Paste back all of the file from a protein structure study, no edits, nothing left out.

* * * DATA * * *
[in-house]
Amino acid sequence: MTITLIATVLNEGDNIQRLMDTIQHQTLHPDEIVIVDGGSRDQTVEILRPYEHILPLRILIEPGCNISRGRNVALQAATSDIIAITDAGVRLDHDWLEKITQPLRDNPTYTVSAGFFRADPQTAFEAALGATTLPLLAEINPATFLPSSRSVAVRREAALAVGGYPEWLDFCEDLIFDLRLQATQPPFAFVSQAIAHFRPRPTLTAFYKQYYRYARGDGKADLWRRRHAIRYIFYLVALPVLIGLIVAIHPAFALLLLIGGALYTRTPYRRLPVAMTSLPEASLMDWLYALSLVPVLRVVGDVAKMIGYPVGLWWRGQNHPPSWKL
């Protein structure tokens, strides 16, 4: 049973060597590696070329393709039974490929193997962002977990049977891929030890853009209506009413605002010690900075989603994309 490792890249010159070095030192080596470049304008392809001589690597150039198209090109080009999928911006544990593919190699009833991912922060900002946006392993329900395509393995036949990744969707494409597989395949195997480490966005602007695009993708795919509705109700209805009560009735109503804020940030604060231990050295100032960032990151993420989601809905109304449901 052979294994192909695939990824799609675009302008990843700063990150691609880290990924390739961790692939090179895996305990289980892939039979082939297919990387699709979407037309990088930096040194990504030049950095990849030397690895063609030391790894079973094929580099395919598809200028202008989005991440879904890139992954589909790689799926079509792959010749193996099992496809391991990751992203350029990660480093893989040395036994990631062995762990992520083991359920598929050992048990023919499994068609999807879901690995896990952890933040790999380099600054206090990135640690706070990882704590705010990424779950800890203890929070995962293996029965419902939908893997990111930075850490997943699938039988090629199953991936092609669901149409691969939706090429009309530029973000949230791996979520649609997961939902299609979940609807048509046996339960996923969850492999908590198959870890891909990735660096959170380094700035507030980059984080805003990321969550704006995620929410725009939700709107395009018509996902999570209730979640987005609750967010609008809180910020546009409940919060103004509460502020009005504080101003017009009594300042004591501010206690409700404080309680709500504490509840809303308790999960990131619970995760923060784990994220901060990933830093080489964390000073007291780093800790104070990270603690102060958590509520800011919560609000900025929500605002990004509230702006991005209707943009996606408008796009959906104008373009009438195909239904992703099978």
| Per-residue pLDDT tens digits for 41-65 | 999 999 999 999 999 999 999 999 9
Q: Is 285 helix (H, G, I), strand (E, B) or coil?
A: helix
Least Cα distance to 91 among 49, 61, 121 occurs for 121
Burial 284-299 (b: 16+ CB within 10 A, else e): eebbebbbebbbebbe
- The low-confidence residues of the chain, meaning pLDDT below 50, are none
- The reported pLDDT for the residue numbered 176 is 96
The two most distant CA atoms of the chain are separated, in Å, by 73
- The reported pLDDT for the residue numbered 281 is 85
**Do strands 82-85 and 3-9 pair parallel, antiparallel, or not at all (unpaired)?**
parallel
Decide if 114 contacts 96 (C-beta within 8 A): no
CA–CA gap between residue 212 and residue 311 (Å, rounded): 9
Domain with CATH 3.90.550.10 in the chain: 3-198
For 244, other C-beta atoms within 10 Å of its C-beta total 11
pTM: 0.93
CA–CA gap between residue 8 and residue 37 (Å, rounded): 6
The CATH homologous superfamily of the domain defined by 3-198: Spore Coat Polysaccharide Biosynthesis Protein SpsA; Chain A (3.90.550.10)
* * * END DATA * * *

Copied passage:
[in-house]
Amino acid sequence: MTITLIATVLNEGDNIQRLMDTIQHQTLHPDEIVIVDGGSRDQTVEILRPYEHILPLRILIEPGCNISRGRNVALQAATSDIIAITDAGVRLDHDWLEKITQPLRDNPTYTVSAGFFRADPQTAFEAALGATTLPLLAEINPATFLPSSRSVAVRREAALAVGGYPEWLDFCEDLIFDLRLQATQPPFAFVSQAIAHFRPRPTLTAFYKQYYRYARGDGKADLWRRRHAIRYIFYLVALPVLIGLIVAIHPAFALLLLIGGALYTRTPYRRLPVAMTSLPEASLMDWLYALSLVPVLRVVGDVAKMIGYPVGLWWRGQNHPPSWKL
């Protein structure tokens, strides 16, 4: 049973060597590696070329393709039974490929193997962002977990049977891929030890853009209506009413605002010690900075989603994309 490792890249010159070095030192080596470049304008392809001589690597150039198209090109080009999928911006544990593919190699009833991912922060900002946006392993329900395509393995036949990744969707494409597989395949195997480490966005602007695009993708795919509705109700209805009560009735109503804020940030604060231990050295100032960032990151993420989601809905109304449901 052979294994192909695939990824799609675009302008990843700063990150691609880290990924390739961790692939090179895996305990289980892939039979082939297919990387699709979407037309990088930096040194990504030049950095990849030397690895063609030391790894079973094929580099395919598809200028202008989005991440879904890139992954589909790689799926079509792959010749193996099992496809391991990751992203350029990660480093893989040395036994990631062995762990992520083991359920598929050992048990023919499994068609999807879901690995896990952890933040790999380099600054206090990135640690706070990882704590705010990424779950800890203890929070995962293996029965419902939908893997990111930075850490997943699938039988090629199953991936092609669901149409691969939706090429009309530029973000949230791996979520649609997961939902299609979940609807048509046996339960996923969850492999908590198959870890891909990735660096959170380094700035507030980059984080805003990321969550704006995620929410725009939700709107395009018509996902999570209730979640987005609750967010609008809180910020546009409940919060103004509460502020009005504080101003017009009594300042004591501010206690409700404080309680709500504490509840809303308790999960990131619970995760923060784990994220901060990933830093080489964390000073007291780093800790104070990270603690102060958590509520800011919560609000900025929500605002990004509230702006991005209707943009996606408008796009959906104008373009009438195909239904992703099978």
| Per-residue pLDDT tens digits for 41-65 | 999 999 999 999 999 999 999 999 9
Q: Is 285 helix (H, G, I), strand (E, B) or coil?
A: helix
Least Cα distance to 91 among 49, 61, 121 occurs for 121
Burial 284-299 (b: 16+ CB within 10 A, else e): eebbebbbebbbebbe
- The low-confidence residues of the chain, meaning pLDDT below 50, are none
- The reported pLDDT for the residue numbered 176 is 96
The two most distant CA atoms of the chain are separated, in Å, by 73
- The reported pLDDT for the residue numbered 281 is 85
**Do strands 82-85 and 3-9 pair parallel, antiparallel, or not at all (unpaired)?**
parallel
Decide if 114 contacts 96 (C-beta within 8 A): no
CA–CA gap between residue 212 and residue 311 (Å, rounded): 9
Domain with CATH 3.90.550.10 in the chain: 3-198
For 244, other C-beta atoms within 10 Å of its C-beta total 11
pTM: 0.93
CA–CA gap between residue 8 and residue 37 (Å, rounded): 6
The CATH homologous superfamily of the domain defined by 3-198: Spore Coat Polysaccharide Biosynthesis Protein SpsA; Chain A (3.90.550.10)